Tue Dec 12, 2017
A truly excellent balance of bright and sweet tomato with tangy vinegar and a complex, yet harmonious mix of spices that worked both on and off the grill, makes Apple City Red a go-to choice for just about any application.
My first press trip in my early years of blogging was to the Best in the West Nugget Rib Cook Off in Reno by way of an invitation from the father and daughter team of Mike and Amy Mills from 17th Street Barbecue. That event forged a friendship that still persists today, and partly because of that, I've questioned my ability to be unbiased and resisted reviewing their sauces. I got the word recently though that they reformulated their recipes to use non-GMO ingredients and brought production in-house, so what's in the bottle is exactly what they want it to be. So I took them up on an offer to try out all four varieties from this Southern Illinois institution, whose home base is located in Murphysboro. For those not familiar with the Mills family, Mike is simply known as "The Legend" thanks to his long running streak of winnings under the team name Apple City Barbecue, as well as a record for being touted as having some the best barbecue across multiple publications over the years. Amy continues the barbecue family business and also runs her own barbecue consulting business called On Cue. They both also are co-authors of two cookbooks and host a barbecue competition in their hometown of Murphysboro dubbed Praise the Lard.
A tangy and spicy tomato aroma greets you on first whiff of this sauce. The smell is straightforward and not overly complex with its bright, acidic tomato base that has some sweetness behind the more dominant vinegar. There's also a definite peppery heat in there that has a layered smell, with slight smoky and earthy notes to go along with the spice.
Thickness & Texture
This glossy, smooth sauce has a rusty red hue and is semi-opaque. This makes it easy to see the tons of spices that come in black, red, and white specs in various sizes. The sauce's consistancy is medium-thin and it falls in a quick, continuous, and syrupy pour from a suspended spoon. Once most of the sauce has fallen, a couple final drops release, and a medium coating of sauce is left clinging to the silverware.
Out of the Jar
An initial bright and sweet tomato taste quickly gains balance by a strong kick of vinegar. While that turns the flavor profile incredibly tangy, there's enough lingering sweetness to provide a good balance. As the sauce settles on the tongue, the background players start to make themselves known. Most notably, there's a faint onion-y flavor that mixes with and earthy pepper. Then, as the sauce leaves the tongue, the vinegar tartness is turned up a few notches while the heat works it way in, leaving a final tangy and spicy aftertaste that retains some remnants of its sweet and fruity tomato beginnings.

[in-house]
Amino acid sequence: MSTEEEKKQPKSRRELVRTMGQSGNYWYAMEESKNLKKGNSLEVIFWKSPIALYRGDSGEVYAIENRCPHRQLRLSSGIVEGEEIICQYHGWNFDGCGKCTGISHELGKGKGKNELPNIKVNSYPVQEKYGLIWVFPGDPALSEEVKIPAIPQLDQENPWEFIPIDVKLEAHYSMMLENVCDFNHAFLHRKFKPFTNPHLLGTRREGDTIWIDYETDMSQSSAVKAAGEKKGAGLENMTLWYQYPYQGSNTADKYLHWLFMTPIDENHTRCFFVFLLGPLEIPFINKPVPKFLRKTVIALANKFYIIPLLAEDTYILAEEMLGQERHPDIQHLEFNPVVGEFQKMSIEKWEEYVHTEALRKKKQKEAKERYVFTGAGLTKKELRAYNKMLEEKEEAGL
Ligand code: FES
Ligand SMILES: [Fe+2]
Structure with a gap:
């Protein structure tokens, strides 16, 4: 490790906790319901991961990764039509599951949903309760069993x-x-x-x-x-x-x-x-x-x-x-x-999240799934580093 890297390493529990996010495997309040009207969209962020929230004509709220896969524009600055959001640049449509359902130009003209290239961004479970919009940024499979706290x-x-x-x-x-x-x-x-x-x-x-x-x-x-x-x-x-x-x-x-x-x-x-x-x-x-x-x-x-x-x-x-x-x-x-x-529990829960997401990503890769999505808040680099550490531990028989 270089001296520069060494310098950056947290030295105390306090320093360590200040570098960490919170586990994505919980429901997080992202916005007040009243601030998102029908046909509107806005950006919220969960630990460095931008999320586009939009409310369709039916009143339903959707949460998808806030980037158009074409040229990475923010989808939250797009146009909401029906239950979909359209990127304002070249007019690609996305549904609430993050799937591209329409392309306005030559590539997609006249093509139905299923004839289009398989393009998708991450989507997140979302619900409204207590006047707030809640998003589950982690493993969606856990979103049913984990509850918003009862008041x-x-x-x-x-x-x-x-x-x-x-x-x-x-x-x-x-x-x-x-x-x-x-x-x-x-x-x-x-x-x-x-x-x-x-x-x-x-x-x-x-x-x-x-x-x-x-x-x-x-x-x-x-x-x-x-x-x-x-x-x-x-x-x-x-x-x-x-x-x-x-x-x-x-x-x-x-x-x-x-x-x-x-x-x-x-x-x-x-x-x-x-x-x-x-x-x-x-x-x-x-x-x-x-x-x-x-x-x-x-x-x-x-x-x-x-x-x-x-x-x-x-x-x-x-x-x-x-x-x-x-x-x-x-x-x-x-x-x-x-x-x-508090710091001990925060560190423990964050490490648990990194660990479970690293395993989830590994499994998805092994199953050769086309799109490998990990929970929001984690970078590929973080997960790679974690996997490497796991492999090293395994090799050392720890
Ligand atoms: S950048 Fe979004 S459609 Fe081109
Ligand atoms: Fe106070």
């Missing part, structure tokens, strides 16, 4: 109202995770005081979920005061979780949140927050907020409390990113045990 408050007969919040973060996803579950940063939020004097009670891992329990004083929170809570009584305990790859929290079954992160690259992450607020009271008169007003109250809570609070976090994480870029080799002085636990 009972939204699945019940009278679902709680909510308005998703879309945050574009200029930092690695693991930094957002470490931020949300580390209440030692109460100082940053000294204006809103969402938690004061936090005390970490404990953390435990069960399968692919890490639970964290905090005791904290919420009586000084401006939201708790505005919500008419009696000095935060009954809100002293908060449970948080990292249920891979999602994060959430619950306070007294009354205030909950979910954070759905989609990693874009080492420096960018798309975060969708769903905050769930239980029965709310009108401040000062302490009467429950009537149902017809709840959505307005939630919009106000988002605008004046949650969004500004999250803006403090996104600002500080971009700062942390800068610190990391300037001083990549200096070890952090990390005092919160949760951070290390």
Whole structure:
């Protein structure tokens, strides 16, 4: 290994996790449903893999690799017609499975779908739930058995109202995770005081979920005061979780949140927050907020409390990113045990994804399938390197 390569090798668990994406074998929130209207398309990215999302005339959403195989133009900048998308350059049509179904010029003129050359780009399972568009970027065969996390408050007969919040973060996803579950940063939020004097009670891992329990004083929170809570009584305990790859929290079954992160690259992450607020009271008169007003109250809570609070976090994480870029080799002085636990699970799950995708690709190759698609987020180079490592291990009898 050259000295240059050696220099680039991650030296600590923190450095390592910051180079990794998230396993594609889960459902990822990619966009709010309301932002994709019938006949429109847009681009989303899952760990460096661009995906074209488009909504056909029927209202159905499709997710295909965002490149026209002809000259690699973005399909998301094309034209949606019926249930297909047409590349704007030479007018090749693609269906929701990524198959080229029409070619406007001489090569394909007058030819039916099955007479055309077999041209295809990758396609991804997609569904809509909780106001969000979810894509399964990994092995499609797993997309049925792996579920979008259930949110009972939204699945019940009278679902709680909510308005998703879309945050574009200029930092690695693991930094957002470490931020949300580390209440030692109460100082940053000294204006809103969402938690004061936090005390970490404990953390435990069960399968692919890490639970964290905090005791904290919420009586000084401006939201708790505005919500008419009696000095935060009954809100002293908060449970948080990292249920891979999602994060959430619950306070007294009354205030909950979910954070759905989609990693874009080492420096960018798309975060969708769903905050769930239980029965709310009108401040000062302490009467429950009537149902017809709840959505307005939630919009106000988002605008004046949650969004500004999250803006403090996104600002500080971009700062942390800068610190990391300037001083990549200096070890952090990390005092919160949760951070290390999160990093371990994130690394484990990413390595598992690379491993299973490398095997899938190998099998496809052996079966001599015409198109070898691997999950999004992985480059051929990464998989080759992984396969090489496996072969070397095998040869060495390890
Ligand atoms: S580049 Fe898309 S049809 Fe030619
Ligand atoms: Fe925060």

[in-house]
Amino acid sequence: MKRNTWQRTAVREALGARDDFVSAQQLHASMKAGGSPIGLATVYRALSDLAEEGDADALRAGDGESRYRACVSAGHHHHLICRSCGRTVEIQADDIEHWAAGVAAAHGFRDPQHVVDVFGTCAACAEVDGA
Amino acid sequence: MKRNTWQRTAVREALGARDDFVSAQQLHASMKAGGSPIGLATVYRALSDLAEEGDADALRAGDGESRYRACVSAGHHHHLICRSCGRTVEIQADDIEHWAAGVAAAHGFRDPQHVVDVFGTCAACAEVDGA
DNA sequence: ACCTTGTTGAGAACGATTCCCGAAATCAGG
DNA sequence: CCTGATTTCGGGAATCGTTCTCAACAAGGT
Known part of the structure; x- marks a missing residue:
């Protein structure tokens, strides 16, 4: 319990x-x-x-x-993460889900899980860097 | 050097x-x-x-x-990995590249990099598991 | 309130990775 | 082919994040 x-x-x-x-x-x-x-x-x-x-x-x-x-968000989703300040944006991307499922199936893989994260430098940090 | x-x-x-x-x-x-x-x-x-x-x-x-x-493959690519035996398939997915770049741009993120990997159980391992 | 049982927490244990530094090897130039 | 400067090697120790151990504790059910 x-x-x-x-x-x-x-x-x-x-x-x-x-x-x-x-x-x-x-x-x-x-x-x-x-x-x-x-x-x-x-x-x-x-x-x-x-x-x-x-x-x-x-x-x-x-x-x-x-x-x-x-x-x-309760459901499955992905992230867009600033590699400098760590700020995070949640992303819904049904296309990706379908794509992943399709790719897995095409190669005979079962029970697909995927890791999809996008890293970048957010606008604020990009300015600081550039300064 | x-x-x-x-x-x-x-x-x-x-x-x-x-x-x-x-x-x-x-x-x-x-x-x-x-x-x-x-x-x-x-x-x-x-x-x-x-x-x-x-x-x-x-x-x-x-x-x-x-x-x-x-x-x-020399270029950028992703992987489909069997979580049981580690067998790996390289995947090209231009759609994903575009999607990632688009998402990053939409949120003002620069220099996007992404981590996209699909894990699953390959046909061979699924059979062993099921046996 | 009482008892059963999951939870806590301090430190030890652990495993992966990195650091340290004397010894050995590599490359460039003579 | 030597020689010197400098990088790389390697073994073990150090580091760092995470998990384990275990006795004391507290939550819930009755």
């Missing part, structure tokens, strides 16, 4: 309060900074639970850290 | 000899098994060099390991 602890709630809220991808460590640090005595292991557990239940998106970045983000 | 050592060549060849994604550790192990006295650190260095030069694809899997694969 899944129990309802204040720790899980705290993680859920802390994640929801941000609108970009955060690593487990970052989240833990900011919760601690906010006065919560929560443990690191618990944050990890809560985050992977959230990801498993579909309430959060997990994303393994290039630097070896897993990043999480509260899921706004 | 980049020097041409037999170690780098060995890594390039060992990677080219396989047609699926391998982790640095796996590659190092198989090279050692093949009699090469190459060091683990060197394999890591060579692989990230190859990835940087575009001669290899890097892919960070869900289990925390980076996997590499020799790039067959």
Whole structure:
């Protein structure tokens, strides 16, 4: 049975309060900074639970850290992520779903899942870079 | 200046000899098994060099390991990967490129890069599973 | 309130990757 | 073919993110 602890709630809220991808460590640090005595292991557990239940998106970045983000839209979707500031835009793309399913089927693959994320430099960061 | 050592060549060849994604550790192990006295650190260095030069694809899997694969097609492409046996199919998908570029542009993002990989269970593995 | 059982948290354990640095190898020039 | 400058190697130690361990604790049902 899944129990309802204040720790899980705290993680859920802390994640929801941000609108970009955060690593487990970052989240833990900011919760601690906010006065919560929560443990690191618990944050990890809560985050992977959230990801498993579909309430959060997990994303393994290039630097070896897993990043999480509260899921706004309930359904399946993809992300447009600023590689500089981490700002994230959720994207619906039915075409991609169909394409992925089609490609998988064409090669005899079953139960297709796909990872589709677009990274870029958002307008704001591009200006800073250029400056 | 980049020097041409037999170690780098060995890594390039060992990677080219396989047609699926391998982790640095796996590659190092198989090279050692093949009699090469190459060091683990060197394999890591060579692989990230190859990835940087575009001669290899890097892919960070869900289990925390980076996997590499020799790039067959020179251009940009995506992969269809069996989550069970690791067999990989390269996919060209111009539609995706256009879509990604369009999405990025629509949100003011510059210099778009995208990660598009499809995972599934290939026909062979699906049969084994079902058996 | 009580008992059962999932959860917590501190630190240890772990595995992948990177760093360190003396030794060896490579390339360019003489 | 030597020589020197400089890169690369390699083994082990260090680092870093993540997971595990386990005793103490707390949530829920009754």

Slathered & Cooked
The sauce coated the chicken in a thin, even layer that baked down well over indirect heat. When moved directly over the coals, the sauce saw some light caramelization and just a little burn off, but mostly held up really well. That initial bright tomato flavor persisted and became more dominant after being cooked. It struck an even better balance with the vinegar, which was in some retreat. This led to the spices also playing a stronger of a role, adding more complexity than was tasted in its raw state. While there was a lot of great flavors going on with the sauce, they were not so bold that they overpowered the chicken, allowing for the flavor of the meat to still come through.
Put to Use
I really liked this sauce. I liked it so much that I immediately slapped it with a 9 (my highest score to date) and had no qualms about it. Then, a couple days later, I wondered if my relationship with the Mills was coming into play here, but after some time between my initial test and writing the review—when I cracked open the sauce again for a second try—all the flavors that filled my first impressions came rushing back and I can confidently say that this is really great stuff.
Out of the jar, the bright tomato, intense tang, and multi-layered spice all worked harmoniously and would be excellent on pork, wings, burgers, or even a dip fries or other goodies. When cooked, I feel like the flavor just improved with a more equal sweet and tangy balance along with more pronounced spices, creating a complexity that provided very full flavor, but didn't mask the natural flavor of the meat. This, in my mind, makes Apple City Red a perfect go-to, all-purpose sauce, ready to be used on and off the grill on just about anything—I can't imagine this sauce not delivering the goods in any scenario.